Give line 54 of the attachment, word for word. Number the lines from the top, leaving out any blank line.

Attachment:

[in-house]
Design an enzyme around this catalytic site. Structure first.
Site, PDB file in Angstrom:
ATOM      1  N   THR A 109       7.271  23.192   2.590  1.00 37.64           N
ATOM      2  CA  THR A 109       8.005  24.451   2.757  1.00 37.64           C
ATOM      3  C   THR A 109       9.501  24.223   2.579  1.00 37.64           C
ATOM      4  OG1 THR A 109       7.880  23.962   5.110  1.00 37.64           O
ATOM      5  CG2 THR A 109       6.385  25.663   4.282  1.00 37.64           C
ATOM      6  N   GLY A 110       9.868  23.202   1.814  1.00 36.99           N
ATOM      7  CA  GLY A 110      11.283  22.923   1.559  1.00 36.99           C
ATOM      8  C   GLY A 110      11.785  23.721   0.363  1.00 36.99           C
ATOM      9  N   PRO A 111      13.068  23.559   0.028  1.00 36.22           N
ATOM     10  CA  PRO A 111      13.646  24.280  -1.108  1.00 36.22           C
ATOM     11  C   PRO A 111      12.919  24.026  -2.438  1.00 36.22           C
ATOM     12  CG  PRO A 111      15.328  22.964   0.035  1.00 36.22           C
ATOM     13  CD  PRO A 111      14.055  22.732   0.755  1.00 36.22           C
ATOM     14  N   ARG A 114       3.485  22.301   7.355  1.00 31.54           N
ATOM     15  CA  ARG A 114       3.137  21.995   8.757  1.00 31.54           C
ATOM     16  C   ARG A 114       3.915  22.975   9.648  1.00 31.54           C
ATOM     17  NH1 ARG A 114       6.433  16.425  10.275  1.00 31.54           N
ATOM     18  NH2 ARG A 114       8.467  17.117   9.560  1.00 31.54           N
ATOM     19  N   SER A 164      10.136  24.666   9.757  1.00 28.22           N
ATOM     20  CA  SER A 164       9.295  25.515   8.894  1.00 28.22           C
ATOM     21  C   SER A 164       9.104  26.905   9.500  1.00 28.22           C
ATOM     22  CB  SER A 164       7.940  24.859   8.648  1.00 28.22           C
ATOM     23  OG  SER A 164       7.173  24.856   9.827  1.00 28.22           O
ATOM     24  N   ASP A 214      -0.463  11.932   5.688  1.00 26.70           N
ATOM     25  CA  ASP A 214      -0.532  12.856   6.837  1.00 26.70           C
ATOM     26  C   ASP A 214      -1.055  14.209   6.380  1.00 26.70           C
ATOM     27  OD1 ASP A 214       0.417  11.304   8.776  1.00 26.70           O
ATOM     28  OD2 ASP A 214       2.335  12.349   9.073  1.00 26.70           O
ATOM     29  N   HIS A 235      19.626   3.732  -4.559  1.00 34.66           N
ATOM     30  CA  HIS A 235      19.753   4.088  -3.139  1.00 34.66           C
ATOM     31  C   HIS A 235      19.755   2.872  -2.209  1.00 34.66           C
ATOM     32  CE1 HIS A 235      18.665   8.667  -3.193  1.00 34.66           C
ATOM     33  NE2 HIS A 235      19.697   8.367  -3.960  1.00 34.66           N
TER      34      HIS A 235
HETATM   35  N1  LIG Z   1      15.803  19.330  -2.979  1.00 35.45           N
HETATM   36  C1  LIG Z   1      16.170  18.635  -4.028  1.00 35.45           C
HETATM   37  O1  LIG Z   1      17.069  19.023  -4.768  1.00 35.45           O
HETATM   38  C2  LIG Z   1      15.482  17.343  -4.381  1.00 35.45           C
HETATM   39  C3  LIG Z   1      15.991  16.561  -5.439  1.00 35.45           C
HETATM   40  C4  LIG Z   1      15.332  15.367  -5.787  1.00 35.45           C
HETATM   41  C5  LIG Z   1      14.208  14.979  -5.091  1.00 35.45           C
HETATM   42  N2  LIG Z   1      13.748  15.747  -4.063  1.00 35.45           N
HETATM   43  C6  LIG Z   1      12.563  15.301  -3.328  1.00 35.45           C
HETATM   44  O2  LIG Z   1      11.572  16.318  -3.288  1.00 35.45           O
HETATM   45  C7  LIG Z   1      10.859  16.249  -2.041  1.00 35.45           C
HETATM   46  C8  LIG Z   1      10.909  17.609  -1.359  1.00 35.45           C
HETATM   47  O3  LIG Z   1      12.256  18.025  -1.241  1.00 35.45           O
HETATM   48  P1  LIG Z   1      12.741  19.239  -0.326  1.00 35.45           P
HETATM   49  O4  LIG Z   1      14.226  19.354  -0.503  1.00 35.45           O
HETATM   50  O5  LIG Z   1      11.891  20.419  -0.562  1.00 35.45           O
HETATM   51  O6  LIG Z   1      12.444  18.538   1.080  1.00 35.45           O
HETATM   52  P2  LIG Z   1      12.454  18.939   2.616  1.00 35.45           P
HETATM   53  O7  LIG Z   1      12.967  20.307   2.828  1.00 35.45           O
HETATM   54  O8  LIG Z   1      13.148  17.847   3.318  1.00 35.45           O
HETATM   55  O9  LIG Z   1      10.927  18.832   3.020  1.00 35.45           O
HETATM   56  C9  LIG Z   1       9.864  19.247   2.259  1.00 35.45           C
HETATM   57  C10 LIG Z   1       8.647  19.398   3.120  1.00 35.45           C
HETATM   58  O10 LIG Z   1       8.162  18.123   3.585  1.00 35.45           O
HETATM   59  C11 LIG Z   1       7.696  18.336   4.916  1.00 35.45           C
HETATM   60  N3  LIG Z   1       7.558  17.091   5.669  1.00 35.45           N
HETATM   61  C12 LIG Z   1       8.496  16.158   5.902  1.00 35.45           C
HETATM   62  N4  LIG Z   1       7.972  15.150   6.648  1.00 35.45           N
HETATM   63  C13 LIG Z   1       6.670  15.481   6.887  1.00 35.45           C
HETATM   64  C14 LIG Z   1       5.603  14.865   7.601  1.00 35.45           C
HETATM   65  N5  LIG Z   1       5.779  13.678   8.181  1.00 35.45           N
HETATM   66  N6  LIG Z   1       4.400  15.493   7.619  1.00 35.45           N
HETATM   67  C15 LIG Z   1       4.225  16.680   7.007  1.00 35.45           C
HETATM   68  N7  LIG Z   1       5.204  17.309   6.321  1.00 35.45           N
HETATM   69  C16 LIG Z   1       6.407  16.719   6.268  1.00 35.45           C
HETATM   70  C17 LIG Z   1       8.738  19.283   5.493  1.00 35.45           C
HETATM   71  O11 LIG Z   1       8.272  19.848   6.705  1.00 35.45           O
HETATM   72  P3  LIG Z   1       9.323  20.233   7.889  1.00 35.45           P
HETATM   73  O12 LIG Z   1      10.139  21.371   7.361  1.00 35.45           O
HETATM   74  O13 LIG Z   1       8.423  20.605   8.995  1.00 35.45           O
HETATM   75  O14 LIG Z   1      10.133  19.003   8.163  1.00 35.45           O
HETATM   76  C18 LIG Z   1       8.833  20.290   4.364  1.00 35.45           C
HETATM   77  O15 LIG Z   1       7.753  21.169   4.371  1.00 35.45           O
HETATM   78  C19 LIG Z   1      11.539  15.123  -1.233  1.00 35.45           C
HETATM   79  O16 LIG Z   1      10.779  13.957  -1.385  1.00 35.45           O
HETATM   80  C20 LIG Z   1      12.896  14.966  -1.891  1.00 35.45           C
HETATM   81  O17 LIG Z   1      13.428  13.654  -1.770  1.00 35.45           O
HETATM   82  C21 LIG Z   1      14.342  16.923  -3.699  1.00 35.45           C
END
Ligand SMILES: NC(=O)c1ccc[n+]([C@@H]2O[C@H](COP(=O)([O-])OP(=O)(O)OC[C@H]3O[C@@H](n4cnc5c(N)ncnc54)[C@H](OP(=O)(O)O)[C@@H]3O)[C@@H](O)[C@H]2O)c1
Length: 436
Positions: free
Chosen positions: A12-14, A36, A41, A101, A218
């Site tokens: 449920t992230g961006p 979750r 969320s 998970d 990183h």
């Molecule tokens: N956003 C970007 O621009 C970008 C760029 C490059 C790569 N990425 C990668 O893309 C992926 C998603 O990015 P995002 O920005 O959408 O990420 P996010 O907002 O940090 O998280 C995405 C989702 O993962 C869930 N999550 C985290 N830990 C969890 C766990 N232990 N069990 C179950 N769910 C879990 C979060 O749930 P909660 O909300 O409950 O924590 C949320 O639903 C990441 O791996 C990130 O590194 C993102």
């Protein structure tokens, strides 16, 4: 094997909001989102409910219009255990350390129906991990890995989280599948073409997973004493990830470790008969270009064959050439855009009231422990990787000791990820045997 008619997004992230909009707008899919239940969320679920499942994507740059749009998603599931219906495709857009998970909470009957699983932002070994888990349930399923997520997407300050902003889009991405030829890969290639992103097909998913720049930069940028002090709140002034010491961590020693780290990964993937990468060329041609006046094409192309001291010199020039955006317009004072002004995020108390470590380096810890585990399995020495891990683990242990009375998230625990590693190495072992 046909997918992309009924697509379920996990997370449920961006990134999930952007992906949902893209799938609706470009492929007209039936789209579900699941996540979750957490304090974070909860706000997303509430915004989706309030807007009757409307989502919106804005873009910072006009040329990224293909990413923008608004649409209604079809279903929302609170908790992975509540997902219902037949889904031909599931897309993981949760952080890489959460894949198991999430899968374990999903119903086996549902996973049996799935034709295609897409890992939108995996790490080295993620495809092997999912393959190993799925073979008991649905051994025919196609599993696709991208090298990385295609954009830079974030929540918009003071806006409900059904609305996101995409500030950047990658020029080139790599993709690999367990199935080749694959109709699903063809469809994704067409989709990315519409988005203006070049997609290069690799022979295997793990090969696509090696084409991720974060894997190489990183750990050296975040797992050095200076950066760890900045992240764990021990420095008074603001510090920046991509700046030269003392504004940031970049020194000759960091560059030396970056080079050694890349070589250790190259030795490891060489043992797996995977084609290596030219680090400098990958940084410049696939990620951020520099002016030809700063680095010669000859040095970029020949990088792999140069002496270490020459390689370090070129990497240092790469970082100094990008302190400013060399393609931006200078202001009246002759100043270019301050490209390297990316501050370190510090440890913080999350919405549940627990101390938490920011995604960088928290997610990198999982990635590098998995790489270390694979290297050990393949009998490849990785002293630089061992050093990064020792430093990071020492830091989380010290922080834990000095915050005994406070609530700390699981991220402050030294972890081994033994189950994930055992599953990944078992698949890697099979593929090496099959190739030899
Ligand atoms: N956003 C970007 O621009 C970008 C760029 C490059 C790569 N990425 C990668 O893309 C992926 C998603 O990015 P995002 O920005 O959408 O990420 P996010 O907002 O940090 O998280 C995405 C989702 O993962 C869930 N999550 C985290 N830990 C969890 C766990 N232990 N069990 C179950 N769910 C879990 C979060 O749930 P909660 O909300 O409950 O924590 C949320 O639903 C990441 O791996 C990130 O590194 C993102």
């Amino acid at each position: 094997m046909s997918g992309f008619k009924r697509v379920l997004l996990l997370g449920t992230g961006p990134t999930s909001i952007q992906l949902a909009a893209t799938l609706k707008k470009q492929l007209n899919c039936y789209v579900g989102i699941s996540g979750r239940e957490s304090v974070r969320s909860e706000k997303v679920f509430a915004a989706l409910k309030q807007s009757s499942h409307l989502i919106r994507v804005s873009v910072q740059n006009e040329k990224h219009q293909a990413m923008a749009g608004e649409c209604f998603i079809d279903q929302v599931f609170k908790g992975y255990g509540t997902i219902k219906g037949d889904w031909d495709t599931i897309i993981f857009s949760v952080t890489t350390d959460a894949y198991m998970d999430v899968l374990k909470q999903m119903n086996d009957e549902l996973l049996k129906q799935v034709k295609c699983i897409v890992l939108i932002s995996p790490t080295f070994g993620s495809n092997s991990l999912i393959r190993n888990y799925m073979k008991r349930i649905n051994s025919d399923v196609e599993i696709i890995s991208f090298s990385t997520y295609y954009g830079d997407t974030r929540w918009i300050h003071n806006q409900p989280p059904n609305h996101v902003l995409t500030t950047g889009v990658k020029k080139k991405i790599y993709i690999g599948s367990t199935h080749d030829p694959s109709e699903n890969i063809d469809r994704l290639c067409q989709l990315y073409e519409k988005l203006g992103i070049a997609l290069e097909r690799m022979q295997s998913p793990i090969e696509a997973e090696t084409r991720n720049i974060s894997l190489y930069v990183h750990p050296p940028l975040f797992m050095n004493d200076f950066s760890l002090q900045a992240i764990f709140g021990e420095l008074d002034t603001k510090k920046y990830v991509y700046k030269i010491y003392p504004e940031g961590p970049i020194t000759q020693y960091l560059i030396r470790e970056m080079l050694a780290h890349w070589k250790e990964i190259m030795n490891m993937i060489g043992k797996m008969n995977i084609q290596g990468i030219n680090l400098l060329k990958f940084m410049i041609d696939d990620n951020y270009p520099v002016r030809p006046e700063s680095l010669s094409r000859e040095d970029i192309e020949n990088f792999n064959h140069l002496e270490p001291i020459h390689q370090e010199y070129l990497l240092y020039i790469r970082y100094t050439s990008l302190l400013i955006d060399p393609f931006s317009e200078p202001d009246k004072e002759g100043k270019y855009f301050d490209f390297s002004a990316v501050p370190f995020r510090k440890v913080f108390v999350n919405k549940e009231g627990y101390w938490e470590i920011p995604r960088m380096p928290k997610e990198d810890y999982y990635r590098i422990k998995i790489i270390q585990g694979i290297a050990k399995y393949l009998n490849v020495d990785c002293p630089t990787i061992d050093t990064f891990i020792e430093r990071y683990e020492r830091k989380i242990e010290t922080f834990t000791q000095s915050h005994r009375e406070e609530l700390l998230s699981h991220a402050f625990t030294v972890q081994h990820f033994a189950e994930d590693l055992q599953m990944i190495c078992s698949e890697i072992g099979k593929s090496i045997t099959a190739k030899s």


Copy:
HETATM   51  O6  LIG Z   1      12.444  18.538   1.080  1.00 35.45           O